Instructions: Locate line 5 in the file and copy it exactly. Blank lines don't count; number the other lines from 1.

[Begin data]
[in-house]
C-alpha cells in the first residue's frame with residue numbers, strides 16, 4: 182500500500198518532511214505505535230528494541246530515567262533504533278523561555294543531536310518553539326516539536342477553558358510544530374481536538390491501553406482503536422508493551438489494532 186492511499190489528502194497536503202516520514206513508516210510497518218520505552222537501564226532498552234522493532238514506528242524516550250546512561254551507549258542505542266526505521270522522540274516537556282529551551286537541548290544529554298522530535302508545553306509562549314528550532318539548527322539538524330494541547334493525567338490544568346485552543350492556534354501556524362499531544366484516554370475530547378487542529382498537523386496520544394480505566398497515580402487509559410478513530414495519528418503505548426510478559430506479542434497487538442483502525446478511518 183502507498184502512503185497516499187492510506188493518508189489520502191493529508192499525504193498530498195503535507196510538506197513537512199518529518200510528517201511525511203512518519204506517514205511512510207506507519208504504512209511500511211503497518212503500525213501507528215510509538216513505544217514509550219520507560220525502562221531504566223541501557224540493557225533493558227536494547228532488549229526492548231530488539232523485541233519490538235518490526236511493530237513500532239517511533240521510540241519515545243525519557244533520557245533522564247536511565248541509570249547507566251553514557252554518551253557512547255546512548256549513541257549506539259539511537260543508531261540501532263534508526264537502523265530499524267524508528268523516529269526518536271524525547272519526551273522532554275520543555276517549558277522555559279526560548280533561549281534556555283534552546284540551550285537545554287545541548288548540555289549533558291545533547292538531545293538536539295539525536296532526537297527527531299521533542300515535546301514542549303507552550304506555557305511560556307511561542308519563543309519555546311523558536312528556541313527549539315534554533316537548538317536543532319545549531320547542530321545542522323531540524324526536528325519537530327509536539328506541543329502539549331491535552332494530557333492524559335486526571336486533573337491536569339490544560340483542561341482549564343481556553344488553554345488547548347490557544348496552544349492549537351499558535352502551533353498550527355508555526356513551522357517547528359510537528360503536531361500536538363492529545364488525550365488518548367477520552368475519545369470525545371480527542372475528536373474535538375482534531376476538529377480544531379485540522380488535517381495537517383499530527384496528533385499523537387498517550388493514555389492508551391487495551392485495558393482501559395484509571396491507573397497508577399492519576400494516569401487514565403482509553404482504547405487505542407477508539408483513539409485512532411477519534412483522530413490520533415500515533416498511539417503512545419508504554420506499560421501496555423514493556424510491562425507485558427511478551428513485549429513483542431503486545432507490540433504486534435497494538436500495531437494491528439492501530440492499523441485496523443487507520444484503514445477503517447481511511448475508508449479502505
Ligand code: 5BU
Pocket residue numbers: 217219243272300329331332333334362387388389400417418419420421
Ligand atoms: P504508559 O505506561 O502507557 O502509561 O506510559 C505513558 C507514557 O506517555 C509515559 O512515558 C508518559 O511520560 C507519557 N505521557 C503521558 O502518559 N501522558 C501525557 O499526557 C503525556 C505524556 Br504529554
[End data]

Ligand atoms: P504508559 O505506561 O502507557 O502509561 O506510559 C505513558 C507514557 O506517555 C509515559 O512515558 C508518559 O511520560 C507519557 N505521557 C503521558 O502518559 N501522558 C501525557 O499526557 C503525556 C505524556 Br504529554